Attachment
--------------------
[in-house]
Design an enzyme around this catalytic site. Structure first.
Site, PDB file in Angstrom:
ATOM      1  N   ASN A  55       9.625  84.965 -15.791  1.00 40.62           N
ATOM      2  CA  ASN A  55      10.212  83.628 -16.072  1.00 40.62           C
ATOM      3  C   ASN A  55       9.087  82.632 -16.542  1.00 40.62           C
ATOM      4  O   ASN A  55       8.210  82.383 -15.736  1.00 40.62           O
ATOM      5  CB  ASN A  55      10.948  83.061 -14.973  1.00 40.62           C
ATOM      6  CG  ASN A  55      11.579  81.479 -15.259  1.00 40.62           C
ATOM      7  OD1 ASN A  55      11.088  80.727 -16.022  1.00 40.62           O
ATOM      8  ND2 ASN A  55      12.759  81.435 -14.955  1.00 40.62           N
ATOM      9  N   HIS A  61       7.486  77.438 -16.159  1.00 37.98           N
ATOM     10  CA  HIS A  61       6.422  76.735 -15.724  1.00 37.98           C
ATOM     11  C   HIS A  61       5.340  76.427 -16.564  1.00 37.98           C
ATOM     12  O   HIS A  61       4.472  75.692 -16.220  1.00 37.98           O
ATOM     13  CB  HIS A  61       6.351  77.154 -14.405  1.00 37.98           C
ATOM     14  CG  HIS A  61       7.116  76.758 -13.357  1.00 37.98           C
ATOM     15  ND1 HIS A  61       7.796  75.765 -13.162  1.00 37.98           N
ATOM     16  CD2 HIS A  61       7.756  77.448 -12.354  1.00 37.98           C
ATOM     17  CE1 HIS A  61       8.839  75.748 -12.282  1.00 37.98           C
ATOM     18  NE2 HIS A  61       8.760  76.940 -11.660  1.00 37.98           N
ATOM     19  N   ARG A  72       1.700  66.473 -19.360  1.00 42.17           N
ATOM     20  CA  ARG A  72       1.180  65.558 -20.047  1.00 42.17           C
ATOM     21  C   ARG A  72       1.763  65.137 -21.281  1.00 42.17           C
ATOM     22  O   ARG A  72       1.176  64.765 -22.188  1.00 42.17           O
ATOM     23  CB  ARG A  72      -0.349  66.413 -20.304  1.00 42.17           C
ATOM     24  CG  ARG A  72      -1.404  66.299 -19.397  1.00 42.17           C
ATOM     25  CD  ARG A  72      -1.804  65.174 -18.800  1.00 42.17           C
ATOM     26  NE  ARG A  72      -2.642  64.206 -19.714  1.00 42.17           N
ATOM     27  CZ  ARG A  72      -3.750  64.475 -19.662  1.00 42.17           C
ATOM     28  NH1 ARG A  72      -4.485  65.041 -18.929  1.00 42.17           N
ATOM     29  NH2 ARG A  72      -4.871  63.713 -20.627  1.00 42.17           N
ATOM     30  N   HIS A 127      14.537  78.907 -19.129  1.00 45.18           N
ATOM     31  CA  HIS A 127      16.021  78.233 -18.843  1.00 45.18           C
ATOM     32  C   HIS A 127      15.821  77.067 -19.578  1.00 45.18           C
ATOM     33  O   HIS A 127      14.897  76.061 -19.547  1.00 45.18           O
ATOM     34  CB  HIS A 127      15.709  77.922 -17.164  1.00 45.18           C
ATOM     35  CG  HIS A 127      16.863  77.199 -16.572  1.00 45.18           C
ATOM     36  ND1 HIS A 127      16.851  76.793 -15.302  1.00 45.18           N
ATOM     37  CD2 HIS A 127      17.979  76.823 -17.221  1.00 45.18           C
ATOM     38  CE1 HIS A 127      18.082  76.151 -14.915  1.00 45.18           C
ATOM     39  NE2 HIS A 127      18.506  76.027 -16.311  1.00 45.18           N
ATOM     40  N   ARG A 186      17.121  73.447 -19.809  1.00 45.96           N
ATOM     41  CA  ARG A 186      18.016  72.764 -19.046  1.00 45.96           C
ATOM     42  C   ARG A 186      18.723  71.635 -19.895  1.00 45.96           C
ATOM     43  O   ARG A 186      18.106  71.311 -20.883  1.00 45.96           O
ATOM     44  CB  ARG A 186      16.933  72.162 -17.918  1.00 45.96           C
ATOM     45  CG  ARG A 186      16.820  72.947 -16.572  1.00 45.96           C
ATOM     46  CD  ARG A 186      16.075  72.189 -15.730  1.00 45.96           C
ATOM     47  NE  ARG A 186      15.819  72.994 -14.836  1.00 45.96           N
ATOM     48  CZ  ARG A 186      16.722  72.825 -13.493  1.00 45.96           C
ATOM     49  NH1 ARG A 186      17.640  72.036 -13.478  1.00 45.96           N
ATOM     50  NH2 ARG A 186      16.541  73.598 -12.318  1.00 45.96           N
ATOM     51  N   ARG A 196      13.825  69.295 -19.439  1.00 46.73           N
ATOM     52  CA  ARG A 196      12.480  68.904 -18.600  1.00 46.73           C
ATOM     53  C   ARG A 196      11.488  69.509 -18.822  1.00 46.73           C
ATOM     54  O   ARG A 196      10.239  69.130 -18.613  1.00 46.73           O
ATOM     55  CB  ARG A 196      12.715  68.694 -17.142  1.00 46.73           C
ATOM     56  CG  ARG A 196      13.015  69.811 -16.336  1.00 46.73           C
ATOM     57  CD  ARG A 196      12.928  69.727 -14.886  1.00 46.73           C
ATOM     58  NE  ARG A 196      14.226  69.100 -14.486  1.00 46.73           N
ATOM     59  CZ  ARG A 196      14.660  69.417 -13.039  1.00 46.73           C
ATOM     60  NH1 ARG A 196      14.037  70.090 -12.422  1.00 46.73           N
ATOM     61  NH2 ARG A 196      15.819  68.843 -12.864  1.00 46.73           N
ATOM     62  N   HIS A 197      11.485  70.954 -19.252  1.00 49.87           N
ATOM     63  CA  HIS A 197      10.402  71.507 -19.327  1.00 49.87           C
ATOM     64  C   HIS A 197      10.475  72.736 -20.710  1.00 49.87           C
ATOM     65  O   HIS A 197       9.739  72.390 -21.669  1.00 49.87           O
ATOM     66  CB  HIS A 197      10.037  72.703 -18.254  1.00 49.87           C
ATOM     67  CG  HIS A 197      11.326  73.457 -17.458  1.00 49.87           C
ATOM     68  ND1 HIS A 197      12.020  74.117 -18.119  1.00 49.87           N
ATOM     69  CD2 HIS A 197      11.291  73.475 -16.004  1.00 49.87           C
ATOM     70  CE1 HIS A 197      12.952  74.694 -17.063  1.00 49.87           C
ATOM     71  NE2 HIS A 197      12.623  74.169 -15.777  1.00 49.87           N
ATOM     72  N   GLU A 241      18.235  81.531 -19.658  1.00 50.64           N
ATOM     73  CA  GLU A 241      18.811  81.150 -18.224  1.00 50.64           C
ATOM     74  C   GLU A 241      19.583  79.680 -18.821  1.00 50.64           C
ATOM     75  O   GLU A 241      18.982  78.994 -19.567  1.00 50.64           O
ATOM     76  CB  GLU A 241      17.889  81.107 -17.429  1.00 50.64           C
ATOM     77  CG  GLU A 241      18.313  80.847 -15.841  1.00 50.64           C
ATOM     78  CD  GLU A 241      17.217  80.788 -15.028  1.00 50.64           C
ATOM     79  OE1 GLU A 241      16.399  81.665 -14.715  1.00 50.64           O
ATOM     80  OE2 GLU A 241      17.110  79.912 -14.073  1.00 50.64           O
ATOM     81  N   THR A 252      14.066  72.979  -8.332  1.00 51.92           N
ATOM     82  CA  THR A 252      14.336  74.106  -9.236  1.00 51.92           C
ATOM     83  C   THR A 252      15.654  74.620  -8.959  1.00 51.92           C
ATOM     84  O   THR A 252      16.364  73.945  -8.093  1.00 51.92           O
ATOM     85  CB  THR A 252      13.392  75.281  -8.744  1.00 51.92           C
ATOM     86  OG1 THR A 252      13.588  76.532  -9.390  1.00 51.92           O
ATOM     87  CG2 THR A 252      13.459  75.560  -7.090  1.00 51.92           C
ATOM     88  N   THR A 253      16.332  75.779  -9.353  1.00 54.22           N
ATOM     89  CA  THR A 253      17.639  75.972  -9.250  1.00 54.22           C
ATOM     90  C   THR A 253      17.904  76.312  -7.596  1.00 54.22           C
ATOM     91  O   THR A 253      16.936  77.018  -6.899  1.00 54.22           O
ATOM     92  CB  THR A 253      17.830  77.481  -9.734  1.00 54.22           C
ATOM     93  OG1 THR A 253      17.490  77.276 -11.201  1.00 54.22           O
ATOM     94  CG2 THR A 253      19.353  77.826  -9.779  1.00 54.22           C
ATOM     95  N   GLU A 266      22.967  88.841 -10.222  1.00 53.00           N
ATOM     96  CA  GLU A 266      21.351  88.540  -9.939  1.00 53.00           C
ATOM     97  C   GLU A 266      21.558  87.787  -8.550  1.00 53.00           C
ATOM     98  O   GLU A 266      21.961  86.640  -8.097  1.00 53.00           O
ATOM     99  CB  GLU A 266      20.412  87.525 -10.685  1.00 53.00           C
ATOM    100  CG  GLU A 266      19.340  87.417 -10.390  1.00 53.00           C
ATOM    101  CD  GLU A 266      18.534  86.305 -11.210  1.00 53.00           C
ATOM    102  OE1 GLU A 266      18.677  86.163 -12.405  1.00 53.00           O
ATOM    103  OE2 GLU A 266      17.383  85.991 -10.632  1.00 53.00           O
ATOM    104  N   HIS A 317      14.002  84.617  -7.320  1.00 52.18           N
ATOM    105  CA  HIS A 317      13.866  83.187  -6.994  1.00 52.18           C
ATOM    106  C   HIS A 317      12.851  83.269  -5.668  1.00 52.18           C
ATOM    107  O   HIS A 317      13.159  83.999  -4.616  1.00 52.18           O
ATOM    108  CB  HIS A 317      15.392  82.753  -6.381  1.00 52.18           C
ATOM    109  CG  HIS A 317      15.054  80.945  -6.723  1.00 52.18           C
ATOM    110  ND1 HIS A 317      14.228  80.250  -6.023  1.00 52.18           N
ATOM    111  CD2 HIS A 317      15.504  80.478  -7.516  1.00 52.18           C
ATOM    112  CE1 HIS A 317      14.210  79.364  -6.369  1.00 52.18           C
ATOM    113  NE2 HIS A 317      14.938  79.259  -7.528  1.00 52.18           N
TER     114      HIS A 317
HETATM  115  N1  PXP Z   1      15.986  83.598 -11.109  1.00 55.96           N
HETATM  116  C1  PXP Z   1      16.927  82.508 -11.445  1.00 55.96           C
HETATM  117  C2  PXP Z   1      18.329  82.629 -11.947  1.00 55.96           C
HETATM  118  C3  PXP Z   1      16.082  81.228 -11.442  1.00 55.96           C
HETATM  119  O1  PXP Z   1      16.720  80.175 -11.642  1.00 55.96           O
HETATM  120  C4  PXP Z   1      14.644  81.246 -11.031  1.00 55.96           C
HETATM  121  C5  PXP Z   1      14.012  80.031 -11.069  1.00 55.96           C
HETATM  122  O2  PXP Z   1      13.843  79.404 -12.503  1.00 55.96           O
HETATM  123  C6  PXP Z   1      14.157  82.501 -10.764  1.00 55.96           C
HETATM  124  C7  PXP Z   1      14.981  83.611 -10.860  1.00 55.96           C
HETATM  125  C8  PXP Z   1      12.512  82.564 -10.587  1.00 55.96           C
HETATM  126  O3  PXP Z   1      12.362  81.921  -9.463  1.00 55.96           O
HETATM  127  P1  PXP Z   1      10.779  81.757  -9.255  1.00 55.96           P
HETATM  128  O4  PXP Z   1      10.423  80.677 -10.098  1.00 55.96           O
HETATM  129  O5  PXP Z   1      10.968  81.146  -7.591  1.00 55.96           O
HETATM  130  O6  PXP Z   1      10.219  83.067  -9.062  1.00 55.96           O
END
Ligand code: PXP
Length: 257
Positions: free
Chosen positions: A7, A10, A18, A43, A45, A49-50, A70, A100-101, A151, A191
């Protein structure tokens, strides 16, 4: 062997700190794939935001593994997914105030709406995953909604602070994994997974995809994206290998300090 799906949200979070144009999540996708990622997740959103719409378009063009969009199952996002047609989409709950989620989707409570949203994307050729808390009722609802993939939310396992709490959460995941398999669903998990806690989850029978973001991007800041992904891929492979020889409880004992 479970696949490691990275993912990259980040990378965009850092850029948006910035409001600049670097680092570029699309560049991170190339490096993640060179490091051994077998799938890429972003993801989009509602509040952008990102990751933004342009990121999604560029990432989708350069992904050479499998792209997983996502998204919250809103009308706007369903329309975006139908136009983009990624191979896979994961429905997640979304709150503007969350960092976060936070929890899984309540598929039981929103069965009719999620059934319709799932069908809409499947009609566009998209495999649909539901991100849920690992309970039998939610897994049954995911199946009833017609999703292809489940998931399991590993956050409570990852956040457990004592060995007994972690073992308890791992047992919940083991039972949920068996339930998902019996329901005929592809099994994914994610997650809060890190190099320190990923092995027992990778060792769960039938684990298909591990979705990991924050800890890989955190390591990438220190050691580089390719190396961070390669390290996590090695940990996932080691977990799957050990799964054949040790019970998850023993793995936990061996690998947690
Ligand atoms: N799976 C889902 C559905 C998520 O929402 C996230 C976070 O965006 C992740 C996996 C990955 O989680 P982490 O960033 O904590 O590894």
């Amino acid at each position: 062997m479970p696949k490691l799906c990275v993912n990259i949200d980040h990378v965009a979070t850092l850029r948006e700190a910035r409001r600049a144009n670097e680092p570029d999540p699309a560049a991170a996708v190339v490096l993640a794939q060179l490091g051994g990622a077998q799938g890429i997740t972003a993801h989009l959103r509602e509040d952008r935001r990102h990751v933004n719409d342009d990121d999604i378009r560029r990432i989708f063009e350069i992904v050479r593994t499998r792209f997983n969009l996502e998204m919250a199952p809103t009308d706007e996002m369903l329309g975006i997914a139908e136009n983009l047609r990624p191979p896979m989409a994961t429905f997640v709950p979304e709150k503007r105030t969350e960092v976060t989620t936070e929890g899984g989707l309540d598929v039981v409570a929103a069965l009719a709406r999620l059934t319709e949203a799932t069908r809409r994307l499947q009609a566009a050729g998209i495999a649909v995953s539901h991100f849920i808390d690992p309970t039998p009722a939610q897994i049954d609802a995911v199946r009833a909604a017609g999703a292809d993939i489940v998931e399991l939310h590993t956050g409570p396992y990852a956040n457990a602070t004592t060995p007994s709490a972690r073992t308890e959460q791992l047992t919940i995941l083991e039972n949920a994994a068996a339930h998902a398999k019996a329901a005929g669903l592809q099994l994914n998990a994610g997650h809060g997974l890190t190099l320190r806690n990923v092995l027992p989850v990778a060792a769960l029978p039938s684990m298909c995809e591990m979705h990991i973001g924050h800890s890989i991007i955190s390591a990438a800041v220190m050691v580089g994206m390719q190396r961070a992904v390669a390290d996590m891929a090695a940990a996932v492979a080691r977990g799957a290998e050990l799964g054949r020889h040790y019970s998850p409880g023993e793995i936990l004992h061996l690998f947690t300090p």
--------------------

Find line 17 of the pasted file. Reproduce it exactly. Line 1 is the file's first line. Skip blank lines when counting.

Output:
ATOM     14  CG  HIS A  61       7.116  76.758 -13.357  1.00 37.98           C